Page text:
What do I mean when I say that we know this objectively and subjectively? Objectively, we can see that there is a significant negative correlation between seminary education and both church health and church growth. (Christian Schwarz, Natural Church Development, p. 23)
When I say that we know subjectively that seminary education is ineffective, I mean that leaders and lay people—like your uncle Harry—have been complaining about the impact of seminary education upon young pastors for years.
Why are seminaries often ineffective in preparing leaders? There are four reasons.
In a nutshell: seminary education often fails to adequately equip high impact leaders because Read the rest of this entry
- Worship Space. Obviously, you need space for worship services when you launch. We have always started every campus with two services. This helps us maximize space and gives people more options for both worship and serving. We are working in rural Illinois and tend to see about 300 at our launch Sunday which quickly levels off to about 200. Then we grow from there. So we look for room for those numbers.
- Children’s Ministry Space. Almost as important as worship space is ample room for quality children’s ministry and nursery. This is important at any church or campus but it’s especially important Read the rest of this entry
In the last four years our church has launched four new campuses in outlying county seats here in east central Illinois. When we launch a new campus, our goal is to launch strong. We want momentum and a large enough core of people to sustain the key ministries of the church with workers and to give the new campus financial strength. To gather an initial crowd we have used direct mail each time to help us get the word out about the new church we are starting.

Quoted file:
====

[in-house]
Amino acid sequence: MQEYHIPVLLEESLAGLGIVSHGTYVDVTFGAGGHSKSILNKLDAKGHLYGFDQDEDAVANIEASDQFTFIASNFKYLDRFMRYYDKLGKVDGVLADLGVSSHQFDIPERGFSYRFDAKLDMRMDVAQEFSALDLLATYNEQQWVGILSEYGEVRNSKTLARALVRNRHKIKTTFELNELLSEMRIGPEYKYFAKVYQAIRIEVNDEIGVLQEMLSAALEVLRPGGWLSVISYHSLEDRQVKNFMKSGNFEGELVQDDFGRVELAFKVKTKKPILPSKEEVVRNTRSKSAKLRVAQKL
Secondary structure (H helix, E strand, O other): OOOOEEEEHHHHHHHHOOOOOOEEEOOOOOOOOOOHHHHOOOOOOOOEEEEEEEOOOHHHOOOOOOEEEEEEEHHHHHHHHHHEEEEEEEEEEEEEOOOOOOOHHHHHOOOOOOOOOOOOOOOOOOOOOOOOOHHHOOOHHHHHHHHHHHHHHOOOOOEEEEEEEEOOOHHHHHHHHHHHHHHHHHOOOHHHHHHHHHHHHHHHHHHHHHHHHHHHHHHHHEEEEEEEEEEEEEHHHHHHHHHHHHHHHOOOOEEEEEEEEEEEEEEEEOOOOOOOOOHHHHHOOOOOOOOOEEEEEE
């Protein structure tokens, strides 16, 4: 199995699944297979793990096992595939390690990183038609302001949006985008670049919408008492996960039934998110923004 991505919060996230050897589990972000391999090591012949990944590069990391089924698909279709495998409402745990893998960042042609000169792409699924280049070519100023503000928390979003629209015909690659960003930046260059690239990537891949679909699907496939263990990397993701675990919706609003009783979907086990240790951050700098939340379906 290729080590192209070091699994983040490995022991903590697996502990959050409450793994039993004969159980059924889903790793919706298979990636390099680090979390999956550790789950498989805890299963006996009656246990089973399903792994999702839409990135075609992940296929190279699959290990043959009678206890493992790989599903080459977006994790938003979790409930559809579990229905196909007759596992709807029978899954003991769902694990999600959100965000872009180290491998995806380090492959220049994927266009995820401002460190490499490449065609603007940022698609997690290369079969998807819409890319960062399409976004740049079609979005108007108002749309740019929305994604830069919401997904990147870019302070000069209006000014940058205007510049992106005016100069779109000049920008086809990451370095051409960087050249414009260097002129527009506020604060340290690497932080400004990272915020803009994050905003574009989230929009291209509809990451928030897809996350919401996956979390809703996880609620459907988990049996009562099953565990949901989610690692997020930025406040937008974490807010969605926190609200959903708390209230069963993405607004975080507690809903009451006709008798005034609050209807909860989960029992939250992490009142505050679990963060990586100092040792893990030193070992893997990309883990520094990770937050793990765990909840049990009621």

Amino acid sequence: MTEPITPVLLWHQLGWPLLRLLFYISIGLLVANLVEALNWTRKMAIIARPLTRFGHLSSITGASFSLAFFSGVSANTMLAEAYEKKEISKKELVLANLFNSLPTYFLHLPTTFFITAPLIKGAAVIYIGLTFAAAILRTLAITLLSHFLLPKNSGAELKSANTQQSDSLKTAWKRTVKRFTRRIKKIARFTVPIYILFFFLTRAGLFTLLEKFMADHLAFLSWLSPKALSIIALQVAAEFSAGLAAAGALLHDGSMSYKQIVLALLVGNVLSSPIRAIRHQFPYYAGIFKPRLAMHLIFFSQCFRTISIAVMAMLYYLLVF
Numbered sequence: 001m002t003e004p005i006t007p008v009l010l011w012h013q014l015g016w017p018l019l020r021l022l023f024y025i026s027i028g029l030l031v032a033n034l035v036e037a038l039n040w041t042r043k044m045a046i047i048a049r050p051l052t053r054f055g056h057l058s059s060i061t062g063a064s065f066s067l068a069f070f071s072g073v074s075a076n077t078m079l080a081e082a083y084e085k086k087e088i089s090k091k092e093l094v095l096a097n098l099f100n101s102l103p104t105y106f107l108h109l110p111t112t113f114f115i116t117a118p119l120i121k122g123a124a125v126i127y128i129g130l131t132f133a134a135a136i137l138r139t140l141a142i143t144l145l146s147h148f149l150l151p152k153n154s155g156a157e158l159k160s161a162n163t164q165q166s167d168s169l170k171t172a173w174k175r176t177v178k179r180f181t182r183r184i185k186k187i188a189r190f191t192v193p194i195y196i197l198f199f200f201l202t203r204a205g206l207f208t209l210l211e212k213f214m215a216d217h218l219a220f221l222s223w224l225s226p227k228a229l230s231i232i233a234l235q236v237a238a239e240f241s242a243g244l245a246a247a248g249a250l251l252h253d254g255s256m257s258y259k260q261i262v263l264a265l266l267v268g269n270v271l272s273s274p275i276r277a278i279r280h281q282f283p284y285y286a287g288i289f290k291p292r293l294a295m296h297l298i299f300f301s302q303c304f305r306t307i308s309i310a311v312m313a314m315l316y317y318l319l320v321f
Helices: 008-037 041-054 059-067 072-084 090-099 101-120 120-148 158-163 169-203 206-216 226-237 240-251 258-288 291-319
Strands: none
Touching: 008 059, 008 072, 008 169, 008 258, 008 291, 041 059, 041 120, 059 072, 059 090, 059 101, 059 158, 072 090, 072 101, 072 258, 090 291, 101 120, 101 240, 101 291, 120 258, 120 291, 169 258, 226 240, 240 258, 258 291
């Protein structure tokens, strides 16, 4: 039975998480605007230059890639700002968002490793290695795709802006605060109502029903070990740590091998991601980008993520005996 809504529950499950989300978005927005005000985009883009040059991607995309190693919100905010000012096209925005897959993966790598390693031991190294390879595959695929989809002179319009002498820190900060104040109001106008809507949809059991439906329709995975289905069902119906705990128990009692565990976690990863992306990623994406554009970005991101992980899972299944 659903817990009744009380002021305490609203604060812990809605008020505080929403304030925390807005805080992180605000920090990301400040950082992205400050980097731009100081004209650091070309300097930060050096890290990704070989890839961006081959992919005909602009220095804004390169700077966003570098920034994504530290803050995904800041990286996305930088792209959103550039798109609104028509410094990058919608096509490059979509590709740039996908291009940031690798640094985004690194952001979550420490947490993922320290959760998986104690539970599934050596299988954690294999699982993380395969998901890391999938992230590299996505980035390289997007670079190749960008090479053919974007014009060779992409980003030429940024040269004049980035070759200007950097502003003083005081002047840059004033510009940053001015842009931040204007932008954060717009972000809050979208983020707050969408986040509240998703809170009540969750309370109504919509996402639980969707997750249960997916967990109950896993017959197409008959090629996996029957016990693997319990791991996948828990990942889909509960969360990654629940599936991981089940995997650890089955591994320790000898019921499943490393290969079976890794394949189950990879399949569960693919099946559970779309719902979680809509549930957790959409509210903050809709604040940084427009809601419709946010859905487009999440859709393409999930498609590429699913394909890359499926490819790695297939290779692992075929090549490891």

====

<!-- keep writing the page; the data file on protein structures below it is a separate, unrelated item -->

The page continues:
If you are launching a new campus or planting a new church, I recommend that you also use (or at least seriously consider!) direct mail. Here are four key principles that have made it work for us.
- Plan far ahead. Doing a direct mail campaign takes work, money, and planning. As soon as you set a launch date you need to put this on your timeline and get the right people involved. We have always used a local direct mail company to help us do our direct mail campaign. This enables us to work face-to-face with experts and has also saved us money over using large, national direct mail companies. Read the rest of this entry
In the last four years our church has launched four new campuses in other cities. Each time we have launched with two Sunday morning services, and I foresee us doing two services every time we start a new campus.
There are three reasons why we do this and why your church should consider this, too.
First, it saves money and space. If you launch a campus with two services, you can get by with renting a smaller space. A primary cost to launching a new campus is renting (or buying) a space and getting it renovated and ready for your purposes. This costs you both money and volunteer hours. By doing two services, you can get by with half the space for both adult worship and children’s ministry, significantly reducing your costs. Besides saving on rental and renovation expenses, you also decrease costs because Read the rest of this entry
In the last four years our church has launched four new campuses. I feel like the fourth time we finally did it right, with our communication, support team, and systems working together well. The key to getting this right was one simple concept—weekly launch team meetings. I’ll explain what I mean by that in a moment. First, I want to tell you how we came upon this simple concept. Read the rest of this entry
There are just four books written on doing multisite church. I have benefitted immensely from all of them and commend them to you as four excellent guides for your multisite journey. To succeed with multisite there’s a lot you need to learn, and these books are a great starting point. Here they are: